Any of us can be any of these two sons, and behave likewise, especially the first son, changing our minds to do the will of God, our father. Conversion is ongoing, onward not backward. It is a process. It is never too late, even for tax collectors, prostitute or for those who might find themselves in any bad past habit of sins.

Saint Augustine, and many other saints, who were once sinners but later became saints, are good models for us. Even Paul whose Letter to the Philippians we read today, in the second reading, was once a persecutor of the faith, before he became a promoter of the Good news of Christ to the Gentiles.

In that second reading, Paul reminds the Philippians, of course, all of us the deeds and the attitude of Christ that we are called to imitate, irrespective of our past mistakes. Love, mercy, selflessness, compassion, hospitality, and humility should be our catchwords.  Paul reminds us that, Christ, though he was in the form of God, he did not count equality with God. Rather, he humbled himself. He freely became obedient onto the cross, through his faith, and hope preaching on the street of Jerusalem.

Our nations, our continents, our families, each of us, individually can always step back, and look at our past mistakes and even accomplishments.  Our Christian journey is like a two side coin.  On one side, even though we have been baptized and received various sacraments in the past, it is our responsibility to actively nuture those promises we made on those occasions, till the end. Even though we have achieved a lot in faith, we don’t one to backslide. We want to keep the faith till the end!  And on the other side, Christ frees us from the sins of the past if we are willing to say yes, and turn to him, today.  Or be able to personally pray with the psalmist, “your ways, O Lord, make known to me; teach me your paths”(Ps 25).  Every present moment is a moment of decision, and our faith journey is not yet over!

 

Saturday, September 20, 2014

Homily (2) 25th Sunday of Year A: Fr. Michael U. Udoekpo


Homily (2) 25th Sunday of Year A:  Fr. Michael U. Udoekpo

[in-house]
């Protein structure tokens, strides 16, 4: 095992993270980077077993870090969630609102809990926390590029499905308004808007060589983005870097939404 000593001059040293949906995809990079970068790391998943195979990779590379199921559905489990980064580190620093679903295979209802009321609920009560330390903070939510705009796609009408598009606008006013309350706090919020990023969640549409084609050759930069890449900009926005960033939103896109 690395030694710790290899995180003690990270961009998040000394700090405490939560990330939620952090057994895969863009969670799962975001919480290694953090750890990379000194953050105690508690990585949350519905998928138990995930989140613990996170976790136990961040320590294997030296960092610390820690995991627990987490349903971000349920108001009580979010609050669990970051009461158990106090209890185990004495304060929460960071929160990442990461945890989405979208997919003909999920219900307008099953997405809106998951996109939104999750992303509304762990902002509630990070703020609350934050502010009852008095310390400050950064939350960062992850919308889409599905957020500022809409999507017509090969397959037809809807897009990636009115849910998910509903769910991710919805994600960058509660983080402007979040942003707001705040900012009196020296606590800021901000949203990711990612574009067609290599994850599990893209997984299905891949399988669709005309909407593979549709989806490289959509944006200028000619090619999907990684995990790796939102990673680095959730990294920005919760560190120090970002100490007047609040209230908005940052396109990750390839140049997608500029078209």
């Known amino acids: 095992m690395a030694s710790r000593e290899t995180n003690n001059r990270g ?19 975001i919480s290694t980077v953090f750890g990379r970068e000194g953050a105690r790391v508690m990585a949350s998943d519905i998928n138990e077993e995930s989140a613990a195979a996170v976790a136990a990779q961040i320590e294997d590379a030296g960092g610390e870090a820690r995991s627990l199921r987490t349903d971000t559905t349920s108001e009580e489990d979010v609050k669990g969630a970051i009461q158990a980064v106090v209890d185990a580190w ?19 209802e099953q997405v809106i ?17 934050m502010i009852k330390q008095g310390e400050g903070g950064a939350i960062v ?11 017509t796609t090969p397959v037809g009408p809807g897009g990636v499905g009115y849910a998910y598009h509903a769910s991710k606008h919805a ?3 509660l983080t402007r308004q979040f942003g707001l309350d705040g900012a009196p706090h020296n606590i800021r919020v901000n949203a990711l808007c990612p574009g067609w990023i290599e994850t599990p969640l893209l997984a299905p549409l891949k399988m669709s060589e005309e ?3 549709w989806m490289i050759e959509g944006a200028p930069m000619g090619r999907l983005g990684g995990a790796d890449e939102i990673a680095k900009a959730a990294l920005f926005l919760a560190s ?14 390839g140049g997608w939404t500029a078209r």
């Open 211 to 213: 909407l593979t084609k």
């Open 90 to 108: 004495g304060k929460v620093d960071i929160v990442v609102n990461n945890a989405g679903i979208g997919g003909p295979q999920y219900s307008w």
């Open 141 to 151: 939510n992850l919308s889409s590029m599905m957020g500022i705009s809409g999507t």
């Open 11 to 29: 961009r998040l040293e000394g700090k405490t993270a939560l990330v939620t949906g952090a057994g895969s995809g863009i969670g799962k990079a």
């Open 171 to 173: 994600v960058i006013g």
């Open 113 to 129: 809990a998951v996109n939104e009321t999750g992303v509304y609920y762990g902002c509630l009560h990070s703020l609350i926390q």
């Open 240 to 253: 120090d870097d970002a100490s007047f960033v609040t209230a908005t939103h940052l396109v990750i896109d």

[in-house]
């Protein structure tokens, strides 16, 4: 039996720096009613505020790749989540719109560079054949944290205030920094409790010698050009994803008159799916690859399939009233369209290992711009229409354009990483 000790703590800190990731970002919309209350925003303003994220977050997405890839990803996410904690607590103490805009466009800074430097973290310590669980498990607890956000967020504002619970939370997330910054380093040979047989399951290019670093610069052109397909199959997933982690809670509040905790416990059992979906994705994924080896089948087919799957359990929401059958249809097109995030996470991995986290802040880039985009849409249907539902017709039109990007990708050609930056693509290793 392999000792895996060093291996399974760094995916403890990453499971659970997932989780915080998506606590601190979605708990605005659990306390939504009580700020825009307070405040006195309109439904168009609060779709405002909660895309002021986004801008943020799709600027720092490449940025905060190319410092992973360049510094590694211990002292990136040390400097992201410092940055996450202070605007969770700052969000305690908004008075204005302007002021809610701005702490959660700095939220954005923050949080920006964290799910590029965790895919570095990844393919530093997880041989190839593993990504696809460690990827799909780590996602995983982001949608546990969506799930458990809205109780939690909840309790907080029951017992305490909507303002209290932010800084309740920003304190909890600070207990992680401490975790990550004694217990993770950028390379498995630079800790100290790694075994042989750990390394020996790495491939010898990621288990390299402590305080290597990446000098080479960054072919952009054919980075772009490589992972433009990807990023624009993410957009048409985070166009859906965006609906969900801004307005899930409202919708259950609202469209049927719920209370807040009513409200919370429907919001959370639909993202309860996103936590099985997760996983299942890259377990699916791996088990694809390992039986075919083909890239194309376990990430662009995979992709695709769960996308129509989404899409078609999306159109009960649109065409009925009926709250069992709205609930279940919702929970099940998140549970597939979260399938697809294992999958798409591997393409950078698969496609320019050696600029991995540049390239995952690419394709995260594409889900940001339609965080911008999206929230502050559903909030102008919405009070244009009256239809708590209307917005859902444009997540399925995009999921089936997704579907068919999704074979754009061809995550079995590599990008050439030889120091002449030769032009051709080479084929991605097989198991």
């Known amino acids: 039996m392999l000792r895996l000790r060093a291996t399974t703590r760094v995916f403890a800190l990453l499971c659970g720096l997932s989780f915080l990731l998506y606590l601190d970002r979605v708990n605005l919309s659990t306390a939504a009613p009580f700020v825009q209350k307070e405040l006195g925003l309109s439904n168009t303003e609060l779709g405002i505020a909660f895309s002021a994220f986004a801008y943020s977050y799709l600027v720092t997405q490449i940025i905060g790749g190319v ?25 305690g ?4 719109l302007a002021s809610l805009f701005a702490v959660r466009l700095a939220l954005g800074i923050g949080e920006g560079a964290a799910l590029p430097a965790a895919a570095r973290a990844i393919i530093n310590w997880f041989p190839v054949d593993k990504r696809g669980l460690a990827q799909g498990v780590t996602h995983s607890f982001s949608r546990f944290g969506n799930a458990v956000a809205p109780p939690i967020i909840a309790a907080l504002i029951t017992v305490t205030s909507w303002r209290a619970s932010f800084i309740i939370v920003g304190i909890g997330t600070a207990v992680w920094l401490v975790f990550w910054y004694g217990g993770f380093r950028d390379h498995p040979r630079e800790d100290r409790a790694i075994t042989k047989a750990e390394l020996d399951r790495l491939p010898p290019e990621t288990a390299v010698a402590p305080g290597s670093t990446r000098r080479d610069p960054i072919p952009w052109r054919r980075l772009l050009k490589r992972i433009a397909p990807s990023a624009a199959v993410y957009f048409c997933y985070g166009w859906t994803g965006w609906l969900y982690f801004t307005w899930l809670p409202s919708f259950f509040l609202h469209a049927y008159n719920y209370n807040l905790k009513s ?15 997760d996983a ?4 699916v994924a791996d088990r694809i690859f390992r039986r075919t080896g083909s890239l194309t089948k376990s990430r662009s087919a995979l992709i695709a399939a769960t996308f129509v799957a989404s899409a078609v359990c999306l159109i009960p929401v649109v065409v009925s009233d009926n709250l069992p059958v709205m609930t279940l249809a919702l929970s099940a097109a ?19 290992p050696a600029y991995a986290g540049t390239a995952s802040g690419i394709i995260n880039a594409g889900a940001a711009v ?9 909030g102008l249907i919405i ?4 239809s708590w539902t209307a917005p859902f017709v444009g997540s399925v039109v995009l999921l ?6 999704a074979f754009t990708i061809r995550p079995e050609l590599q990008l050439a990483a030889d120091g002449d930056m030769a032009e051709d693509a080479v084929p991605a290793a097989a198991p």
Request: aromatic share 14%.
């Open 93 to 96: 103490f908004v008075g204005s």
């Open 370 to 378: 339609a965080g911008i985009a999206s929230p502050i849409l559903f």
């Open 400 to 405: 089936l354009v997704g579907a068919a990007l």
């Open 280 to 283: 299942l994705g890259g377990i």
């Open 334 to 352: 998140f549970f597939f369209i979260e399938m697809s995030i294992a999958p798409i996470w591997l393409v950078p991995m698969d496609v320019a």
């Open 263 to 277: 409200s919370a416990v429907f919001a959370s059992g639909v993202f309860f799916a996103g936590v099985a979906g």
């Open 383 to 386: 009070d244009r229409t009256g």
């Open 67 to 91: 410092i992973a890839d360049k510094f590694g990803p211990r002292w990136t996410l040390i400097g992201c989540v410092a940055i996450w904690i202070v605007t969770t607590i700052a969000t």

Readings: Isa 55:6-9; Ps 145:2-3, 8-9, 17-18 and Phil 1: 20c-24,27a and Matt 20:1-16a.
 
The Graciousness of God

“The Lord is gracious and merciful, slow to anger and abounding in kindness. The Lord is good to all and compassionate towards all his words,” (Ps 145.)

These words of the psalmist define what we celebrate today, namely;  the mystery of the goodness of the Lord, his righteousness, his love and mercy; his generosity, his grace, and the mystery of his  divine justice! We celebrate the character of God. His willingness to keep, to renew the covenant he has long established with our athers and mothers: Abraham, Sarah, Isaac, Rebekah, Jacob, Leah, Rachel, Joseph, Manasseh and Ephraim , Moses, David!

Recall, in Exodus 32 when Moses delayed in coming down from the mountain, the Israelites made other gods for themselves. They broke the covenant, practiced idolatries, and sought other gods.  God, because of who he is: love, kindness, compassion, truth, justice, righteousness, did not break away from Israel, completely.

 With Moses’ plea, God reestablishes his covenant with Israel, in Exodus 34. In facts, God’s mercy spares Lot in the City of Sodom and Gomorrah. God’s mercy spares the people of Nineveh. God’s mercy brought Israelites back from exiles. In facts, successive prophets, Amos, and particularly Hosea in his marriage affairs with Gomer portrays this same image of a forgiving and merciful God.

This image of God reflects in today’s readings.  Isaiah 55:6-9, is a story of sin, pardon and glory. It is a story of exile and  the invitation of the returnee to seek the Lord. It is a story of the mystery of God’s love and of restoration of the fortunes of those who seek him. His ways are not our ways. His thoughts are not our thoughts.

He keeps his doors of mercy and generosity open for all.  He knows our needs. This is true in parable of today’s Gospel, where God, the land owner, distributes his wealth equally to various groups of laborers whom he employed at various hours of the day; morning, afternoon and evening. This is how God teaches us his own definition of justice. He is not unjust because he has not broken any of  the contracts he established with his various workers, even as stipulated in the Levitical and Deuteronomic codes(Lev 19:13 and Deut 24:14-15). God keeps to his promises!

This parable sound familiar to us in a world of broken justice system, broken contracts, mutual agreements and promises, unemployment and underpayment of minimum wages to church and govement workers. This parable invites us to reevaluate how we make effort to keep our vows (religious and secular), carry out our responsibilities and fulfil our commitments beginning from our homes, families to the public offices.